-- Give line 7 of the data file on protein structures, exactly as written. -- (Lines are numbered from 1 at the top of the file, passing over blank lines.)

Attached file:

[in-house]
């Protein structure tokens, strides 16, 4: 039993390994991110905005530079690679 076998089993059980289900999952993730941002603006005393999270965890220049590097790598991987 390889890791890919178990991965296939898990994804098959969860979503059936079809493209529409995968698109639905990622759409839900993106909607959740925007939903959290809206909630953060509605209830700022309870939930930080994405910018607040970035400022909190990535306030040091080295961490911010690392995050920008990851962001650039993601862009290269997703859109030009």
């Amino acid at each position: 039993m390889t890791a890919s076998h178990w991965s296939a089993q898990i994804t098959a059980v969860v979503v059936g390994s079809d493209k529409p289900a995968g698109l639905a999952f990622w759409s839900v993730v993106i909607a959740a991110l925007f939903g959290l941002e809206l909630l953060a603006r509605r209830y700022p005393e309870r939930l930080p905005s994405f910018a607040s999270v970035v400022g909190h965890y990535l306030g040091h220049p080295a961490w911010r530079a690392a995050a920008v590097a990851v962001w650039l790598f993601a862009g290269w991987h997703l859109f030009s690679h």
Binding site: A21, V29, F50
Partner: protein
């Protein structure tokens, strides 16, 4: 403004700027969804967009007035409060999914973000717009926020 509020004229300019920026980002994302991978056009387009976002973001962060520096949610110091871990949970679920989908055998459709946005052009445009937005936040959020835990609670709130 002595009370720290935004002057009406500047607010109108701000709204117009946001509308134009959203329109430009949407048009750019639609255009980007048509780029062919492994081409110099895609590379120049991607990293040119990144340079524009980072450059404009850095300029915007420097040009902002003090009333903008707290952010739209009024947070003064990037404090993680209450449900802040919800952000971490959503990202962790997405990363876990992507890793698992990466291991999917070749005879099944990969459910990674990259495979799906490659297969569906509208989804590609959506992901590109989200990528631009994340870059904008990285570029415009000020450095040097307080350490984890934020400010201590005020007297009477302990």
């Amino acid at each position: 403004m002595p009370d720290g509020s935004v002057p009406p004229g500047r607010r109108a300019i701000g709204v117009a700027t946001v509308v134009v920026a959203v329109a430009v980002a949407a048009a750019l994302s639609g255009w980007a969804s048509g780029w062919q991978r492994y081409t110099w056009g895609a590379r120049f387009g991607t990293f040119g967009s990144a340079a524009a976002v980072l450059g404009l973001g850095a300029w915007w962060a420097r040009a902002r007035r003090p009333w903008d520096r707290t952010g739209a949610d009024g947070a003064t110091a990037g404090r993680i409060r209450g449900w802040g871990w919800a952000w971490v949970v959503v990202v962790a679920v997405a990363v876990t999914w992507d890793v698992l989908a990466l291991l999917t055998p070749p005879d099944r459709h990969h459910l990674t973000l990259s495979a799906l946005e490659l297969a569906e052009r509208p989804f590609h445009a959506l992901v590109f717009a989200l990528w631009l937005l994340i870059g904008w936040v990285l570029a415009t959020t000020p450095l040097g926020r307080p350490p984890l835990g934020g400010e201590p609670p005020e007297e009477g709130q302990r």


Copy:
């Amino acid at each position: 403004m002595p009370d720290g509020s935004v002057p009406p004229g500047r607010r109108a300019i701000g709204v117009a700027t946001v509308v134009v920026a959203v329109a430009v980002a949407a048009a750019l994302s639609g255009w980007a969804s048509g780029w062919q991978r492994y081409t110099w056009g895609a590379r120049f387009g991607t990293f040119g967009s990144a340079a524009a976002v980072l450059g404009l973001g850095a300029w915007w962060a420097r040009a902002r007035r003090p009333w903008d520096r707290t952010g739209a949610d009024g947070a003064t110091a990037g404090r993680i409060r209450g449900w802040g871990w919800a952000w971490v949970v959503v990202v962790a679920v997405a990363v876990t999914w992507d890793v698992l989908a990466l291991l999917t055998p070749p005879d099944r459709h990969h459910l990674t973000l990259s495979a799906l946005e490659l297969a569906e052009r509208p989804f590609h445009a959506l992901v590109f717009a989200l990528w631009l937005l994340i870059g904008w936040v990285l570029a415009t959020t000020p450095l040097g926020r307080p350490p984890l835990g934020g400010e201590p609670p005020e007297e009477g709130q302990r």